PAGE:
9/1963 was 0.05 ppmv lower than 9/1962, but the 12mo ending 9/1963 averaged 0.52 ppmv higher than the 12mo ending 9/1962.

            1/1965 was 0.13 ppmv lower than 1/1964, but the 12mo ending 1/1965 averaged 0.54 ppmv higher than the 12mo ending 1/1964.

            5/1965 was 0.09 ppmv lower than 5/1964, but the 12mo ending 5/1965 averaged 0.42 ppmv higher than the 12mo ending 5/1964.

            6/1965 was 0.02 ppmv lower than 6/1964, but the 12mo ending 6/1965 averaged 0.39 ppmv higher than the 12mo ending 6/1964.

            4/1971 was 0.35 ppmv lower than 4/1970, but the 12mo ending 4/1971 averaged 0.76 ppmv higher than the 12mo ending 4/1970.

            8/1974 was 0.19 ppmv lower than 8/1973, but the 12mo ending 8/1974 averaged 1.05 ppmv higher than the 12mo ending 8/1973.

            9/1974 was 0.19 ppmv lower than 9/1973, but the 12mo ending 9/1974 averaged 0.82 ppmv higher than the 12mo ending 9/1973.

            Of the eight, two each were August and September (3rd quarter), one was January (1st quarter), and one each was April, May & June (2nd quarter).

            There was no case in which a 12mo average CO2 level was not higher than the preceding 12mo average CO2 level.

          • Year-over-changes in monthly data, by definition, are the variations of the ACTUAL difference in monthly values. They don’t involve any smoothing, which can obliterate the intra-annual variability. While reflecting the fact that negative differences have not persisted, Burton’s calculation are off the point made by MacRea and commented by me.

          • DWR: You asked me to be more precise.

            My hypo will be confirmed if there is average global cooling as measured by UAH LT average global temperatures for a decade or more, starting between 2020 and 2030.

            If I had to guess, I think global cooling will start close to 2020, but start time is very difficult to predict correctly.

          • Dave Burton:

            I’ve defined what I meant in my above post and my numbers are correct as defined. I did it this way to allow for the seasonal “sawtooth”in the monthly data, also called the Keeling Curve.

            You have changed my definition and then objected to my numbers.

            Regards, Allan

          • Allan,

            My hypo will be confirmed if there is average global cooling as measured by UAH LT average global temperatures for a decade or more, starting between 2020 and 2030.

            If I had to guess, I think global cooling will start close to 2020, but start time is very difficult to predict correctly.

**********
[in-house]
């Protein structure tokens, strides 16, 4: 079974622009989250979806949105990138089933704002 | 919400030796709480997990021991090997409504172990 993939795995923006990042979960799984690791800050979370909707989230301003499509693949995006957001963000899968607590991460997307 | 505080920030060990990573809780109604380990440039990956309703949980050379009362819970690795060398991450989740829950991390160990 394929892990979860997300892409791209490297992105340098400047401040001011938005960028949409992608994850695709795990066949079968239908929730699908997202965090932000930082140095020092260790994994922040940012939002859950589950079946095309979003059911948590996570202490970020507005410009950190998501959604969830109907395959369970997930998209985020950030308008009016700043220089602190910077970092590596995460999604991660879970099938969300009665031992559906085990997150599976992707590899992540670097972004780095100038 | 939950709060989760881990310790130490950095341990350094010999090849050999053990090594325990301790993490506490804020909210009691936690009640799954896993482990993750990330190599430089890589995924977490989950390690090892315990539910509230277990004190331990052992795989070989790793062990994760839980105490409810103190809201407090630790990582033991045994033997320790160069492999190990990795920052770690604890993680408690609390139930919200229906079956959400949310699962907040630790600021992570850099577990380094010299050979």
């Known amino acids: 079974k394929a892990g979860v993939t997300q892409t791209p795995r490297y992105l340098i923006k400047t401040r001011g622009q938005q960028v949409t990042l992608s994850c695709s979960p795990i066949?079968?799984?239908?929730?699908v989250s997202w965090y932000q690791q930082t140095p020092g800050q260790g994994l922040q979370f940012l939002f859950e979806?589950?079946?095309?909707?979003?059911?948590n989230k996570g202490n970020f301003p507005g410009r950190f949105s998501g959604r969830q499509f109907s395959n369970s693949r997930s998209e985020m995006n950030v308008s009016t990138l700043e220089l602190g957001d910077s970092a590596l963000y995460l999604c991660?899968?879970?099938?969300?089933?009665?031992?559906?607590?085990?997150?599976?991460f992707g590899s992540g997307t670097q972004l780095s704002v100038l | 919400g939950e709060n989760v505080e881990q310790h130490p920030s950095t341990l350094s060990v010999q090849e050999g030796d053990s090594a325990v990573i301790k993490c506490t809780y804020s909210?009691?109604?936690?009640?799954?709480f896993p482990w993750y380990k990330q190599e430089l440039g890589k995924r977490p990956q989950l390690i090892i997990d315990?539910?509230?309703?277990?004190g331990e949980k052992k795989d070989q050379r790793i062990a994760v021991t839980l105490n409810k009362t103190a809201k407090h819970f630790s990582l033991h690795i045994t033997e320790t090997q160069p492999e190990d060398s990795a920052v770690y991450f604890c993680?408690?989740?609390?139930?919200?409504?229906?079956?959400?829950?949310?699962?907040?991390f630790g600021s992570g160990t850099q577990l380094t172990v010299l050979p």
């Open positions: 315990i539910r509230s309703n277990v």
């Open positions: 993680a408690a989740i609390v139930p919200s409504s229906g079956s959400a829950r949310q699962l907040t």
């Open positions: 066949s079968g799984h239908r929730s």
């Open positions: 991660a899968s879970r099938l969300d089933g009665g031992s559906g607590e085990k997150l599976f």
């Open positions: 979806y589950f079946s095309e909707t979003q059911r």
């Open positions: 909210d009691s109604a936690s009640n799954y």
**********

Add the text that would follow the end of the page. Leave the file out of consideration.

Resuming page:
Thanks. That’s just ‘average’ cooling, meaning ‘best estimate’. I see you have dropped the term ‘significant’.

            Rgds

          • DWR:

            For global cooling or a Pause to occur, the PDO Index generally must go negative and stay negative for a significant period of time – in the order of a decade or so.

            A definition, data and plot of the PDO Index is here.
            http://ds.data.jma.go.jp/tcc/tcc/products/elnino/decadal/pdo.html
            [excerpt – CAPS are mine]

            “Focusing on the decadal variability of the PDO index, values were generally positive (corresponding to a pattern in which SSTs in the central part of the North Pacific are lower than their normals) from the late 1920s to the early 1940s and from the late 1970s to around 2000, and GENERALLY NEGATIVE FROM THE LATE 1940S TO THE MID-1970S AND FROM AROUND 2000 TO THE EARLY 2010S. The annual mean PDO index value has been positive since 2014, while the value approached zero in 2018. Based on suggestions from recent studies that PDO may be a key factor in the global climate system (including Japan’s climate and the acceleration/hiatus of global warming), continuous monitoring of its variability is needed.”

          • Allan MacRae wrote, “You have changed my definition and then objected to my numbers.”

            Not intentionally, I assure you.

            You wrote, “These 12-month periods when CO2 decreased are (Year and Month ending in)…”

            I think you must have meant the one-month periods (rather than 12-month periods), which had lower Mauna Loa CO2 levels than the corresponding one-month period in the previous year.